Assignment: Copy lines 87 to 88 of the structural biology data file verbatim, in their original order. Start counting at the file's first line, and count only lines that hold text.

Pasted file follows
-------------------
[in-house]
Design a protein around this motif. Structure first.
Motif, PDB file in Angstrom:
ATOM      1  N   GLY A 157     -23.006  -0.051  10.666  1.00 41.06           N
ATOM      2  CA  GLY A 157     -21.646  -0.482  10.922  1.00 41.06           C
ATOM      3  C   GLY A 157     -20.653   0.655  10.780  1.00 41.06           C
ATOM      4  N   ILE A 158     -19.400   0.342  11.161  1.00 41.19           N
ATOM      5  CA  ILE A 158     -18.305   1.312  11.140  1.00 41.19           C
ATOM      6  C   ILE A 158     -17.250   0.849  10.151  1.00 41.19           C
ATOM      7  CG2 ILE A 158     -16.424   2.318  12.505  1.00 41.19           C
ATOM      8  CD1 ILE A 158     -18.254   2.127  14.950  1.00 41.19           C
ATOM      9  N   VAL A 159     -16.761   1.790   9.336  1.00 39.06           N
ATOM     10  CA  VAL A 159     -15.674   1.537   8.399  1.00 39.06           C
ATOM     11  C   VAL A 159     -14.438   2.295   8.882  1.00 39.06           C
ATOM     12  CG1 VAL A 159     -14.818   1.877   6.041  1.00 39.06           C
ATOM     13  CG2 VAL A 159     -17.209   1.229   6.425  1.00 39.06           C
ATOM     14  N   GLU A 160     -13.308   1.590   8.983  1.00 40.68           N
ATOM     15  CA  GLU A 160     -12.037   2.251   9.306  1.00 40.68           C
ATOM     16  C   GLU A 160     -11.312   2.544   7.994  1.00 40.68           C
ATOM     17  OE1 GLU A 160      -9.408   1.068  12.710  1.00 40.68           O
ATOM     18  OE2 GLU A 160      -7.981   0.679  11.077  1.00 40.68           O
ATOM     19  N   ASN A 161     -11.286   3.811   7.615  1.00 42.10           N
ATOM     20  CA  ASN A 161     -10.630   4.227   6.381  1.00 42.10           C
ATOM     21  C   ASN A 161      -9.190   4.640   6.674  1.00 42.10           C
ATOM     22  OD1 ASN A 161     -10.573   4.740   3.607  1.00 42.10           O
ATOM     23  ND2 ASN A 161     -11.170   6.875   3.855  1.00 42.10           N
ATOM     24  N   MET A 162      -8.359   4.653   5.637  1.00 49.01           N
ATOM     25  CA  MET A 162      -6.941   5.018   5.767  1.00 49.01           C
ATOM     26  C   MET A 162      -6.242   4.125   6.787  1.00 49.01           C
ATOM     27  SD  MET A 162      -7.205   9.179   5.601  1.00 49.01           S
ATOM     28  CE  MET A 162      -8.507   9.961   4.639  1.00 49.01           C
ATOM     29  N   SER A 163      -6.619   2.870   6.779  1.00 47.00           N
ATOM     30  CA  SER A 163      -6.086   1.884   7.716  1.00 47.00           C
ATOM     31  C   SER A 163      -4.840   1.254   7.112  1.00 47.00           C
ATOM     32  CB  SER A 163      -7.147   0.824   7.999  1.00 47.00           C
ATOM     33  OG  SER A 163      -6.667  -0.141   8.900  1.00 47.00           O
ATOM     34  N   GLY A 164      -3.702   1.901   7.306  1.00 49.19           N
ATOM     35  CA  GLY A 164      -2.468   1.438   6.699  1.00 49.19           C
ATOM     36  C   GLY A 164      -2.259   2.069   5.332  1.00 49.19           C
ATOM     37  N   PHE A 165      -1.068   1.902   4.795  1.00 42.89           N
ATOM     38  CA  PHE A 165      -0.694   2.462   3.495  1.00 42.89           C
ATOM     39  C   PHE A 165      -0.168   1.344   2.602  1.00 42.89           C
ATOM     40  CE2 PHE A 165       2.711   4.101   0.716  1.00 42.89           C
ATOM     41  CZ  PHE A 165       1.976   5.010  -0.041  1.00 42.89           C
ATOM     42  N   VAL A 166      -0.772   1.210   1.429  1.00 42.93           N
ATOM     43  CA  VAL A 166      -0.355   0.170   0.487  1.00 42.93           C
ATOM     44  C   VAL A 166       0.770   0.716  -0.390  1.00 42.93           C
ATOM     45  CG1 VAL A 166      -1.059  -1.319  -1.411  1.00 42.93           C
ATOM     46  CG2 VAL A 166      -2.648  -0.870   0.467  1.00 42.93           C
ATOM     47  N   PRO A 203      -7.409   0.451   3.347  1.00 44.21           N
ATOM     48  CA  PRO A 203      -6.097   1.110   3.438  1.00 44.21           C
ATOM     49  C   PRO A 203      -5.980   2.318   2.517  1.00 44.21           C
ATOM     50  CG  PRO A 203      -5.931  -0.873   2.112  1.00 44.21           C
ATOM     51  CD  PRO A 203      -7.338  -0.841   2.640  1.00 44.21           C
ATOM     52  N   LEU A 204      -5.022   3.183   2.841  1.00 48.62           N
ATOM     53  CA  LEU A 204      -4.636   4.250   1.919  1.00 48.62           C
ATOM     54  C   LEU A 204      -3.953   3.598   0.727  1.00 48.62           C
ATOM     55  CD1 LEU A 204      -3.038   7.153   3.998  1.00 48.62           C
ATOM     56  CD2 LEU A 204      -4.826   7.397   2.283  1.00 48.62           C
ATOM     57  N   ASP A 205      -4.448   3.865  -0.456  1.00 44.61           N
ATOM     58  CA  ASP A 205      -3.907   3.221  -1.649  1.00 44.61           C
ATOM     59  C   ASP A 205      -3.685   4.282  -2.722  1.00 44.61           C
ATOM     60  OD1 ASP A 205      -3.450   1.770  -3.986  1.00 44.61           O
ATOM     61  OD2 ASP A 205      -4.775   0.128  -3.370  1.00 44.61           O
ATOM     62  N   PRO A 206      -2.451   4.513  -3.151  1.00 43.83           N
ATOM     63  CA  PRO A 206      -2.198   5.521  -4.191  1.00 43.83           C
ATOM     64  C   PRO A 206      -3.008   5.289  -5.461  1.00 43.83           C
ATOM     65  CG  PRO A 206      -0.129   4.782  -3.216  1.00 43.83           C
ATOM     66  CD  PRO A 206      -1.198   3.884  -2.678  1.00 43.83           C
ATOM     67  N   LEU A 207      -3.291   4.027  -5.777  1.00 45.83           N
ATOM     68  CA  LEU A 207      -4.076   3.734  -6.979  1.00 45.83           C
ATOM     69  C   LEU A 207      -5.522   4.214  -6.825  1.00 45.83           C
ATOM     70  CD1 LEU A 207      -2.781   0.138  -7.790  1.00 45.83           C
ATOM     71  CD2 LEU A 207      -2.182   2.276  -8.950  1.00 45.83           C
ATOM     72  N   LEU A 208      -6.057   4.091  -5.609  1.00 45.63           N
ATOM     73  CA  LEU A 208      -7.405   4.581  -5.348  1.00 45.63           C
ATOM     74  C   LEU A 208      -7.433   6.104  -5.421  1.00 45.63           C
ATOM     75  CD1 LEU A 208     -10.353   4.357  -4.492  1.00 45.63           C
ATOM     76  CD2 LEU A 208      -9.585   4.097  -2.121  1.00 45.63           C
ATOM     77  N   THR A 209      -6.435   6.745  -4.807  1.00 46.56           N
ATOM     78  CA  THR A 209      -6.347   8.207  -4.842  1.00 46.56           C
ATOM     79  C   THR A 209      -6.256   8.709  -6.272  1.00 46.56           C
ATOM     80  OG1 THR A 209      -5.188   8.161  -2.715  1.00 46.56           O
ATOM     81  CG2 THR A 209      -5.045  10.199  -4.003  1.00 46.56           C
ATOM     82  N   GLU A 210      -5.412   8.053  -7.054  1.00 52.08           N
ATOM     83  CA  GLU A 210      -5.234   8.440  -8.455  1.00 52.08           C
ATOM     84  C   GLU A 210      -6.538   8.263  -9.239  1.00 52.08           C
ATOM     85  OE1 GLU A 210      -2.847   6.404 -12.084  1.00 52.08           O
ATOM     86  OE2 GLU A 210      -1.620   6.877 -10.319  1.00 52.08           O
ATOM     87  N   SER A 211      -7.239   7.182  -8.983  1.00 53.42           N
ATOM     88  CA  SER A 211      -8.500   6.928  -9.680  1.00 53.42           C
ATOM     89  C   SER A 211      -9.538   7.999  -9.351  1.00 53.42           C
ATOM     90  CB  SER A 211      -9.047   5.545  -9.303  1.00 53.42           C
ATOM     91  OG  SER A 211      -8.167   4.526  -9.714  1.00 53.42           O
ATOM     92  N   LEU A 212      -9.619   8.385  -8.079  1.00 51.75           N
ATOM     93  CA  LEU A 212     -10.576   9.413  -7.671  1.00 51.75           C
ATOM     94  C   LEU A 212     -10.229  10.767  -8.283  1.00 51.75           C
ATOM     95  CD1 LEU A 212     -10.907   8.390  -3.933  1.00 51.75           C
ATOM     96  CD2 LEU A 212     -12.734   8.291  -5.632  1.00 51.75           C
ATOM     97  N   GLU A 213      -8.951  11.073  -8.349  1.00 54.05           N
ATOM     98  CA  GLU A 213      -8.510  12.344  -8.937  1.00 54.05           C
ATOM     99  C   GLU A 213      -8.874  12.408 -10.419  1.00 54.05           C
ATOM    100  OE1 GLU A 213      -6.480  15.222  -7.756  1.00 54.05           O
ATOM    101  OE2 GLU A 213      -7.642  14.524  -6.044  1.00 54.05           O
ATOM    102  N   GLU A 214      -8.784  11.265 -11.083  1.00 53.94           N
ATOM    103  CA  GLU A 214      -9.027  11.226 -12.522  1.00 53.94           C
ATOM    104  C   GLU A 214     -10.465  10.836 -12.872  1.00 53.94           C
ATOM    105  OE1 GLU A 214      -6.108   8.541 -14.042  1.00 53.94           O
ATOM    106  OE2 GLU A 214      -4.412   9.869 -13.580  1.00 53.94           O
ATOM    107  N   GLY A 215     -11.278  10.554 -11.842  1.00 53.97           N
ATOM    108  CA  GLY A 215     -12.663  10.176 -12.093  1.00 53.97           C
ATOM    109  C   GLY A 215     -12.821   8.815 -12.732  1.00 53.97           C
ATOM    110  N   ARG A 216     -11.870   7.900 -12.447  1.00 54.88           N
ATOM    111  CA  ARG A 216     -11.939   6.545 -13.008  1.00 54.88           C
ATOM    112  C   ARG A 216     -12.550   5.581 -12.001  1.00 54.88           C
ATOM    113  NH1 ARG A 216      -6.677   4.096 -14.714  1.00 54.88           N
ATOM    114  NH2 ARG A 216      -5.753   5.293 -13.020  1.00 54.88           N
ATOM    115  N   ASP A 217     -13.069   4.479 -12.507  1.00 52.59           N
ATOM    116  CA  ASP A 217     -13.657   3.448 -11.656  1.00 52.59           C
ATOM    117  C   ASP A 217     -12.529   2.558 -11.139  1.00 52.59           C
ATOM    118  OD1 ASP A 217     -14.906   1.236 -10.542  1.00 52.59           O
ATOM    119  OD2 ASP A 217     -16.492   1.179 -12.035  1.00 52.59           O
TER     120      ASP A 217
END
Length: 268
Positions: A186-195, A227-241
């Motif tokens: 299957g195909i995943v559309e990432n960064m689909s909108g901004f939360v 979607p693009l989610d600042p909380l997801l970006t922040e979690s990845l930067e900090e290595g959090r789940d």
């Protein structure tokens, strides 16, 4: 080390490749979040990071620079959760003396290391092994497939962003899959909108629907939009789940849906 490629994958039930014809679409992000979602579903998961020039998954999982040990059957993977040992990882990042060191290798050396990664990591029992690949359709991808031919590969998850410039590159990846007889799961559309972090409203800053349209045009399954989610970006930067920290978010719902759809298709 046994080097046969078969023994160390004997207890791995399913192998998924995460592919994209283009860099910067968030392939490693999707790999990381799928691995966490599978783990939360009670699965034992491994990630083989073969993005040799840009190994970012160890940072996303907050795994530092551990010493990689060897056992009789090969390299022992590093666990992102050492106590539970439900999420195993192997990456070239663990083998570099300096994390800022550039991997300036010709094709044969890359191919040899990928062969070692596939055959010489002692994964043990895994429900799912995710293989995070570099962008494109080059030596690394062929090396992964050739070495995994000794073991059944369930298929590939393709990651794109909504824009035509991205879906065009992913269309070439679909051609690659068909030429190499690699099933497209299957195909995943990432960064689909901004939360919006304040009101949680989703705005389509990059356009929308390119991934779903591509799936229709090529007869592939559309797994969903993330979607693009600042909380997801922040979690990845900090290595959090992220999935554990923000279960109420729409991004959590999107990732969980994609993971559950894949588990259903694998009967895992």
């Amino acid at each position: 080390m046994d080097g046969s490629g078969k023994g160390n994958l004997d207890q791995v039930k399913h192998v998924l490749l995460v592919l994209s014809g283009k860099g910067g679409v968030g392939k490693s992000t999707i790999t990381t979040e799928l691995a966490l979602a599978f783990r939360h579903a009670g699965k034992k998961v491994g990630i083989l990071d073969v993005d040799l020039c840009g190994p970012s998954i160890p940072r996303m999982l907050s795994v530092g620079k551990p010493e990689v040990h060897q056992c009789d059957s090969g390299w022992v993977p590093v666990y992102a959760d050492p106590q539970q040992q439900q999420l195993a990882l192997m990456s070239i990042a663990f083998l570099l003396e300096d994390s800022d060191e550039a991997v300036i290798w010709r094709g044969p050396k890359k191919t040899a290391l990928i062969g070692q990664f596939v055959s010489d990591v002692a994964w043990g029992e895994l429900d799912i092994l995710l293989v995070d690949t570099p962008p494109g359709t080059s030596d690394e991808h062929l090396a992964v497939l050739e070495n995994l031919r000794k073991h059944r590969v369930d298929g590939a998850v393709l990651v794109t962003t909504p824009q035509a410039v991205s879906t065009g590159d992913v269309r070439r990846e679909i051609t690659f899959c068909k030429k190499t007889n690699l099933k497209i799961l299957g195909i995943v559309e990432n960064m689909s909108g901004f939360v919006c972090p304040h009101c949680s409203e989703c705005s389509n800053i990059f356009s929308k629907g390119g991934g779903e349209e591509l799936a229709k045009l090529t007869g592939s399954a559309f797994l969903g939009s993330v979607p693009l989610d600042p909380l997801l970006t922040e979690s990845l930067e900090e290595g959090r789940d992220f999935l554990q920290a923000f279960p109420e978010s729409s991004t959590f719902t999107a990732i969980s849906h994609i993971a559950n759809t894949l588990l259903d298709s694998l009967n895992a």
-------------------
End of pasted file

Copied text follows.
ATOM     84  C   GLU A 210      -6.538   8.263  -9.239  1.00 52.08           C
ATOM     85  OE1 GLU A 210      -2.847   6.404 -12.084  1.00 52.08           O